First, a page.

Thursday, September 27, 2012

Cambridge and Cardiff

I would have likely studied with more vigor had I attended one of the colleges of Cambridge University.  The grandeur of the colleges is overwhelming, as is the sense of walking in the footsteps of history as you traverse the grounds that have spawned 65 Nobel Prizes, the most of any university in the world.  Since its founding in 1209, Cambridge has grown into an institution that now encompasses 31 self-governing and independent colleges and regularly graduates students who progress to prominent careers in business, industry, and politics.



Courtyard of King's College

 Another view from the courtyard

The rivalry with Oxford--the only University in the English speaking world that is older than Cambridge--is legendary.  Less well known is the divide between University students and local residents of Cambridge, a gap known as the "Town and Gown".  While the origins of the schism may be many, locals still talk of the decision of the University to ban from its property any Cambridge resident who was afflicted with the Black Plague. 

Of the many vignettes involving Cambridge history, one struck me as particularly amusing.  When Crick and Watson were fairly certain that they had unraveled the secret of the structure of DNA, they adjourned to a local bar to discuss their findings.  After convincing themselves that their studies were sound, they stood and announced to their fellow patrons at the Eagle that they had discovered the secret of life.  Apparently, they were met with bemused looks and tolerant grins. 

Historically, punts were a mode of transporting goods to and between the various universities.  Today, they are a means of recreation for students and tourists and afford a great view of the university buildings which grace the shores of the River Cam.  Our punt operator suggested we pull into the docks at a nearby pub and enjoy a pint as we floated along.  My kind of guy.


Cardiff, the largest city and capital of Wales, served as host for our last evening in the UK before flying to Dublin.  We stayed at the harborfront, in the new St. David's Hotel, and enjoyed sweeping views of the harbor and glistening sea.  Built as a port city, based on coal, Cardiff has seen some difficult times but there have been some very positive developments in recent years. Cardiff is justly proud of its gleaming and modern arena, the Millenium, home to its national rugby team, and has revitalized the port area with an assortment of trendy restaurants and shops.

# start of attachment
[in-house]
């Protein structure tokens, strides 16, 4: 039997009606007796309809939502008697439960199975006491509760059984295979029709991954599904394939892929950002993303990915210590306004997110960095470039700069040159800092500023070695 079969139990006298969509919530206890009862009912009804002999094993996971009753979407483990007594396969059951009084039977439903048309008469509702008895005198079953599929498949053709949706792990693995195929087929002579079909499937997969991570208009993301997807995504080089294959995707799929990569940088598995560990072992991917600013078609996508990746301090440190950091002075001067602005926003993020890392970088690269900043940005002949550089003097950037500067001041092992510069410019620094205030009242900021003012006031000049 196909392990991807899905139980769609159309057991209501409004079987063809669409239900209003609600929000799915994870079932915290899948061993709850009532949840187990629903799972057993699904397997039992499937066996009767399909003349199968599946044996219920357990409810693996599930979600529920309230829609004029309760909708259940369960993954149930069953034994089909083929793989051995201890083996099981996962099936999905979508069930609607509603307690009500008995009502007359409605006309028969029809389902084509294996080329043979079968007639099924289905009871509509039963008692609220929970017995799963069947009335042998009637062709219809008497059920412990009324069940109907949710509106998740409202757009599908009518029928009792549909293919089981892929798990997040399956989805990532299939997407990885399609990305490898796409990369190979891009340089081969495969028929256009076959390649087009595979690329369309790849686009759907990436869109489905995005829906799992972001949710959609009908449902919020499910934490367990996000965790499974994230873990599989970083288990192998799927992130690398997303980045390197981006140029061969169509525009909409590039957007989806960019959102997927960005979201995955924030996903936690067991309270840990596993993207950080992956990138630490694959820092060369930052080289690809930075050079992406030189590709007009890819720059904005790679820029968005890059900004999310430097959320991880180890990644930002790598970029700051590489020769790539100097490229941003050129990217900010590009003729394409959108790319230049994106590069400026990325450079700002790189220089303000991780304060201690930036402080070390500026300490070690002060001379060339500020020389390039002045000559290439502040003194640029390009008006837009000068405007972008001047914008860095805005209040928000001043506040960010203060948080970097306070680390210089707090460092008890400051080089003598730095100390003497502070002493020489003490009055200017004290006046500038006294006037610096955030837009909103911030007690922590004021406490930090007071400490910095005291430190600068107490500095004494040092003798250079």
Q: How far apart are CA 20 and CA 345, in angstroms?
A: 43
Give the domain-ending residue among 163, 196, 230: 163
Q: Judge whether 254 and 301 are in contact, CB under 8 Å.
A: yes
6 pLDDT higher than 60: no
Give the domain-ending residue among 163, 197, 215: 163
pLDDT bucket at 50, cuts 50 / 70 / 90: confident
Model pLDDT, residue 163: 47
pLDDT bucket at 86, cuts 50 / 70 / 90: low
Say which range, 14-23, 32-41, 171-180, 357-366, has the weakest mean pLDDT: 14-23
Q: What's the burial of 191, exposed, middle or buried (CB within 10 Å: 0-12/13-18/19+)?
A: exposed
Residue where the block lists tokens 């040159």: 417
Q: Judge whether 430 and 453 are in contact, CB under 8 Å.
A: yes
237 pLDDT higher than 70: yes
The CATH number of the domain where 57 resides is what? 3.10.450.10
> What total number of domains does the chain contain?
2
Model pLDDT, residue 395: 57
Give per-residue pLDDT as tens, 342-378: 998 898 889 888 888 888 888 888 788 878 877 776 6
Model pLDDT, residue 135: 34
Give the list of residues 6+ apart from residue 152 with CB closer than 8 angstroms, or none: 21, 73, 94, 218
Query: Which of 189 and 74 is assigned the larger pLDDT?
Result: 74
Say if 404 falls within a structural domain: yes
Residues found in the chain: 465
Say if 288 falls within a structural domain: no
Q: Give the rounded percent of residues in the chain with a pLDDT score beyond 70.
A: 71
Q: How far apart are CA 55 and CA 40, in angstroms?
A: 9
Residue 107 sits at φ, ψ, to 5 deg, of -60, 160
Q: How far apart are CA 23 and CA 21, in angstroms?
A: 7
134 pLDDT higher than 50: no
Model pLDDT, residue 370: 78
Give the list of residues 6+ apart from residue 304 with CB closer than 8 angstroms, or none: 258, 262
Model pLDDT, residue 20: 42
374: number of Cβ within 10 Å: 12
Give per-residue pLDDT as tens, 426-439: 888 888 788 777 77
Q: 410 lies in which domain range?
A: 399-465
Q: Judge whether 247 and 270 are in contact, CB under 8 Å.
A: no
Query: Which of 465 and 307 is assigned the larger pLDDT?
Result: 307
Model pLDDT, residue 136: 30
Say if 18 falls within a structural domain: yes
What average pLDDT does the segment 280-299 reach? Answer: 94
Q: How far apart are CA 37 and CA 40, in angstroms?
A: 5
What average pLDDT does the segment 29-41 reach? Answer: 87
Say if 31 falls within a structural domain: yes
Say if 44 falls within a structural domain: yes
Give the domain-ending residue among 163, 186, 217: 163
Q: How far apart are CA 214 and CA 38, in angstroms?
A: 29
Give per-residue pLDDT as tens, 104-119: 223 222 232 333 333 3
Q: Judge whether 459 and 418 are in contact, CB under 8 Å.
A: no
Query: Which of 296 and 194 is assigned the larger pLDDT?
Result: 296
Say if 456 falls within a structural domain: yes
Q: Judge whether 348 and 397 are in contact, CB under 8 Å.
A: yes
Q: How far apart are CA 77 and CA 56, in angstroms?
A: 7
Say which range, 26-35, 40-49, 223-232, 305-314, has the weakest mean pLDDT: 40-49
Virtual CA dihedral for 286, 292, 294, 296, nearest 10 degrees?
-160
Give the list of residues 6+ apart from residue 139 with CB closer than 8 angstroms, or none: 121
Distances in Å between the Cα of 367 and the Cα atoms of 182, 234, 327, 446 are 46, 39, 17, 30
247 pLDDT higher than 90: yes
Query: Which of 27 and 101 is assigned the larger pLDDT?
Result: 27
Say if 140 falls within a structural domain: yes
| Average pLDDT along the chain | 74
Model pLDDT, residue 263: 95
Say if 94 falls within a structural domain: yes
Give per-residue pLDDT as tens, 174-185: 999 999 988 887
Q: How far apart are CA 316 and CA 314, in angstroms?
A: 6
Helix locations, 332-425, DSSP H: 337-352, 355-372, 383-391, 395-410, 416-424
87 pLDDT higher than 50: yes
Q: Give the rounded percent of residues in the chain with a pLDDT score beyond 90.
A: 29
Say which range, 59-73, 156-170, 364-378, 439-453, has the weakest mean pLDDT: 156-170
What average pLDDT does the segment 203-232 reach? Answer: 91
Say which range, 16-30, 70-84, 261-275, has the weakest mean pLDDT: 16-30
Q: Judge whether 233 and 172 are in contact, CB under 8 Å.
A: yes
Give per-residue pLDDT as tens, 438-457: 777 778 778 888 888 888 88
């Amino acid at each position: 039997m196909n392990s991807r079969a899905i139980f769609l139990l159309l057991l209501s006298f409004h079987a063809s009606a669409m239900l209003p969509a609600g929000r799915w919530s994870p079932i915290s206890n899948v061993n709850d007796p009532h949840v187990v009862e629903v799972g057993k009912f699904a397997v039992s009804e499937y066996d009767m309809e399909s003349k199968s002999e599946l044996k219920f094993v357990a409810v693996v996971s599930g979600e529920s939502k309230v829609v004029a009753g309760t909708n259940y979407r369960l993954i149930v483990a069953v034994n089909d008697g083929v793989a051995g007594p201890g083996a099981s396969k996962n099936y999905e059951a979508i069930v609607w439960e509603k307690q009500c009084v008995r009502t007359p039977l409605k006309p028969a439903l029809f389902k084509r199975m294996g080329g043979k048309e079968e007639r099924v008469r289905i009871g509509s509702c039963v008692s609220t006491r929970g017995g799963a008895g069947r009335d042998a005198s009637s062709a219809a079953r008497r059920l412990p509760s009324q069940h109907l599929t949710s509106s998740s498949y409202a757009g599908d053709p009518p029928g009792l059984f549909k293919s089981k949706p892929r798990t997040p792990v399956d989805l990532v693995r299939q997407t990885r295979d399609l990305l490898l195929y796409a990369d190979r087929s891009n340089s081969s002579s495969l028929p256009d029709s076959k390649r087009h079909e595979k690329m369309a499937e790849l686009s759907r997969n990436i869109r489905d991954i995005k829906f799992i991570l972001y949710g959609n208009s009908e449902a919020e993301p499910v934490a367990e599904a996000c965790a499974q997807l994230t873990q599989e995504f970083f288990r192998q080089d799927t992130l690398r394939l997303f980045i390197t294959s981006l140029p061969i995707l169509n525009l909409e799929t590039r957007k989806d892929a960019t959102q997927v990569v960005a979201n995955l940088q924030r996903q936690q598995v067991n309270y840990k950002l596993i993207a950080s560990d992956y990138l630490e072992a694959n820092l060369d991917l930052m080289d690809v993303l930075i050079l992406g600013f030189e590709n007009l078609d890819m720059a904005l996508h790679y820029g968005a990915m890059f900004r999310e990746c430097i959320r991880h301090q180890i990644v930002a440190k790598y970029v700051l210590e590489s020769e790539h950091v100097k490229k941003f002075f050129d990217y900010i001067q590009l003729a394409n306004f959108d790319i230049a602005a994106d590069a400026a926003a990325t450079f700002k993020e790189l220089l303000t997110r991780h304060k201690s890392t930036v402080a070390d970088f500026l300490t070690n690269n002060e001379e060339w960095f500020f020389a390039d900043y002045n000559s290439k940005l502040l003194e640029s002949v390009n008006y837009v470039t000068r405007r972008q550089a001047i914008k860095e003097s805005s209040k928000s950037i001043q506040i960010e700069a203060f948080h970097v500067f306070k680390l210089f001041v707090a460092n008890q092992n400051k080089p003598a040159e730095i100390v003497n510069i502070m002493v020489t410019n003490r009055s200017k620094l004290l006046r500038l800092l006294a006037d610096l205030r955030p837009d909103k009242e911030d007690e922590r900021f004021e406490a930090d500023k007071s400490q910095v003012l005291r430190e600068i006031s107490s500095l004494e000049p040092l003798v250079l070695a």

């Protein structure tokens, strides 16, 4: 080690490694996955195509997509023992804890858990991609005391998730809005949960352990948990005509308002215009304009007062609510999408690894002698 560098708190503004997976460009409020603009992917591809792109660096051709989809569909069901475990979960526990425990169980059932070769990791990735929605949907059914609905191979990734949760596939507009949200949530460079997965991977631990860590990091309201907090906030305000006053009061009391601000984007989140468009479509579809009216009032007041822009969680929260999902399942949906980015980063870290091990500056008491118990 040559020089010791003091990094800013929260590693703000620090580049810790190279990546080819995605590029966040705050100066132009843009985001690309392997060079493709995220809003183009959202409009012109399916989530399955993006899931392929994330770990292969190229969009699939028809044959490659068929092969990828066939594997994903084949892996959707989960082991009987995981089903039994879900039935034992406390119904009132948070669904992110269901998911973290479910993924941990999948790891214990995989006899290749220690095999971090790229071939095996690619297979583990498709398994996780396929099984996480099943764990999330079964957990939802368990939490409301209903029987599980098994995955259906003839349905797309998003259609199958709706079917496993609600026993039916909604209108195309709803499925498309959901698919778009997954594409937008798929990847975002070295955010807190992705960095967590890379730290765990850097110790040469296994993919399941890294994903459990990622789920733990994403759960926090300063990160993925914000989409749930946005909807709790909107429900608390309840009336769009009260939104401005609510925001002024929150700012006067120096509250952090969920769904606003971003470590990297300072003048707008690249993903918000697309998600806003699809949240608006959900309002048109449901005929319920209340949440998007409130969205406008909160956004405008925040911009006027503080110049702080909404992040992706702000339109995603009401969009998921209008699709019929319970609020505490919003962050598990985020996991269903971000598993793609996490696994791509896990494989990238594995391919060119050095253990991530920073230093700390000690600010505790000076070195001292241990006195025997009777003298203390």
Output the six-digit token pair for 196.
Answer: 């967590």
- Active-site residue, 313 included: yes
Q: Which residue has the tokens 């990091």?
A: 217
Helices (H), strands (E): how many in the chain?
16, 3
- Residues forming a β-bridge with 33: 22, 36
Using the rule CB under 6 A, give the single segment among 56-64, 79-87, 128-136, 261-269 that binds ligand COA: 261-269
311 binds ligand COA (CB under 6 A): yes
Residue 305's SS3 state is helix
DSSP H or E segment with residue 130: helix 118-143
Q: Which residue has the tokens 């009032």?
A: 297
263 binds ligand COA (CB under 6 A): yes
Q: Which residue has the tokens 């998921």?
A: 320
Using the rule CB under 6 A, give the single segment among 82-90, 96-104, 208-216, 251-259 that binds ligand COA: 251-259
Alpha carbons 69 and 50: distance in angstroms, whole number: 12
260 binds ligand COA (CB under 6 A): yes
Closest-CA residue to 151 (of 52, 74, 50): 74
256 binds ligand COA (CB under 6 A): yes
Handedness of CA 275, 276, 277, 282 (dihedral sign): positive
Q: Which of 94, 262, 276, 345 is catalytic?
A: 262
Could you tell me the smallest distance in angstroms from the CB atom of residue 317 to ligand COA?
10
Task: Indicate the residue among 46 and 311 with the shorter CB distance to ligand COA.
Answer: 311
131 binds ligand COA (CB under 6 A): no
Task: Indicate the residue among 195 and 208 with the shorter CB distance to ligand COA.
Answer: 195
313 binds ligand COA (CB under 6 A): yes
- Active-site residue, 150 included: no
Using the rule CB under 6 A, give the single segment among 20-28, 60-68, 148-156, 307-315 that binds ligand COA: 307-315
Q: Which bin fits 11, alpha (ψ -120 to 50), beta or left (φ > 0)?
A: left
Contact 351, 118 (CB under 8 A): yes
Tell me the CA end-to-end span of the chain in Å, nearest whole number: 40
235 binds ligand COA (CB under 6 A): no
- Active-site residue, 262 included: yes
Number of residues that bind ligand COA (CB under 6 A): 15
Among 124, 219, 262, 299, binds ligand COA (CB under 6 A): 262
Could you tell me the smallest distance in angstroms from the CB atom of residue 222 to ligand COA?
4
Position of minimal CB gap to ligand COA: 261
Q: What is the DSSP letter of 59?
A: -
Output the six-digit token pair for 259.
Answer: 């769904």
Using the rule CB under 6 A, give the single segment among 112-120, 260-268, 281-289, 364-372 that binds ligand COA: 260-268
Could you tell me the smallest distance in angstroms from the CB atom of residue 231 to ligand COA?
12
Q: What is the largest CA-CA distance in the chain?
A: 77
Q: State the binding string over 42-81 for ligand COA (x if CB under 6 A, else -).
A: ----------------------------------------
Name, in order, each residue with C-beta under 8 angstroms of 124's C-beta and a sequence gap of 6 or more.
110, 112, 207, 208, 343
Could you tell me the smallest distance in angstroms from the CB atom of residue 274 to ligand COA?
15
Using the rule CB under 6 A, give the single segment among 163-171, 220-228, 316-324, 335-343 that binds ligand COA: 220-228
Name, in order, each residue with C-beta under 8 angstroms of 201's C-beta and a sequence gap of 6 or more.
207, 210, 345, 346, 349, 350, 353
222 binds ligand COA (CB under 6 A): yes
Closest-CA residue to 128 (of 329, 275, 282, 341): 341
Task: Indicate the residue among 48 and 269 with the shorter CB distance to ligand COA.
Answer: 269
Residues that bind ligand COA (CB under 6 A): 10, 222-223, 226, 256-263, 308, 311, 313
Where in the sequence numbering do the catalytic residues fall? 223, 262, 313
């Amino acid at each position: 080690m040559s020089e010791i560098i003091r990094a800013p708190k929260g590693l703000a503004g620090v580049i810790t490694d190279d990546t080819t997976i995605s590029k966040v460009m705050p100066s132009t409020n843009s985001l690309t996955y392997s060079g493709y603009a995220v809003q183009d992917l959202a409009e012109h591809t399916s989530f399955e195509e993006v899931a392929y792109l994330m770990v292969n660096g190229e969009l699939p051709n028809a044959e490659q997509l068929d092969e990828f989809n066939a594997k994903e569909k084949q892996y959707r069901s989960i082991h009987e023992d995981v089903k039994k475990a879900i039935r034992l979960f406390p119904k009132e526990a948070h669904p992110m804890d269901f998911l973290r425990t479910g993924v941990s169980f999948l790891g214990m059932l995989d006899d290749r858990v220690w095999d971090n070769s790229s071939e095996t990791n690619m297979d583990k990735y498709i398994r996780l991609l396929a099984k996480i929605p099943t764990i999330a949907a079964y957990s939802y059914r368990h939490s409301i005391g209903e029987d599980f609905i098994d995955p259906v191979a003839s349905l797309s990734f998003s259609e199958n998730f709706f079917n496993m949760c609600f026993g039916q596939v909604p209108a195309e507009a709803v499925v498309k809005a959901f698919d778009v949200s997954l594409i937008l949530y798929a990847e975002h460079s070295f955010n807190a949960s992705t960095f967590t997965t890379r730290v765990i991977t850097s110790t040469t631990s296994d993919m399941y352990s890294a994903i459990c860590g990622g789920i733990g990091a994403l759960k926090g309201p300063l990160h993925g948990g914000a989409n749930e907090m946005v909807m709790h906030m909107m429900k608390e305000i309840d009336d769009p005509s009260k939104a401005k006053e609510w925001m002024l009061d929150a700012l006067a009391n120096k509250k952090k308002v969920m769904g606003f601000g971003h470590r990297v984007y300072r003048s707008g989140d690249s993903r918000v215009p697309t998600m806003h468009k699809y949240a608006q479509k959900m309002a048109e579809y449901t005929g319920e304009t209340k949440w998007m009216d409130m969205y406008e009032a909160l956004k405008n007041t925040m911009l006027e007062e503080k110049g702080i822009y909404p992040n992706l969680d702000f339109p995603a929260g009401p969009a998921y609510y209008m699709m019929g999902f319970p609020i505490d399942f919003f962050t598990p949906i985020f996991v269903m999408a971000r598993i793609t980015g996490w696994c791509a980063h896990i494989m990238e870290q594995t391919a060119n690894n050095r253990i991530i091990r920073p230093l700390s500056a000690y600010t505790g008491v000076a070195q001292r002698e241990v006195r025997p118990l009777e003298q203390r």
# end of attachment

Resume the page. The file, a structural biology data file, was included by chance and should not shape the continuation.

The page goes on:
St. David's Hotel

Cardiff Castle may be the number one tourist attraction and is worth a visit.  The views from the Norman Tower justify the climb and the restored chambers are of interest, particularly the beautiful library.  However, the relatively few rooms open to the public are fairly contemporary as the castle was most recently owned by the prominent Bute family (who made their fortune in coal) and reflect pre-WWII taste and style.  Windsor Castle this is not, but the large complex nevertheless holds an attraction of its own.

Norman Tower

 Cardiff Castle
State room


A pleasant boat ferry navigates the River Taff and runs from the downtown piers to an expansive park near the Castle.  If you ask, an attendant on the ferry will accompany you to a small outside deck where some interesting photo opportunities of the stadium and downtown are possible.  We exited at the downtown pier and hit a few local pubs, knowing that we needed to be well fortified for the short flight to Dublin in the morning.  The evening was brought to a fitting conclusion when we enjoyed Cuban cigars and 22-year-old Balvinnie on the outside deck at the St. David's.  The evening view of the river and the twinkling lights of downtown Cardiff provided a fitting memory of Wales. 

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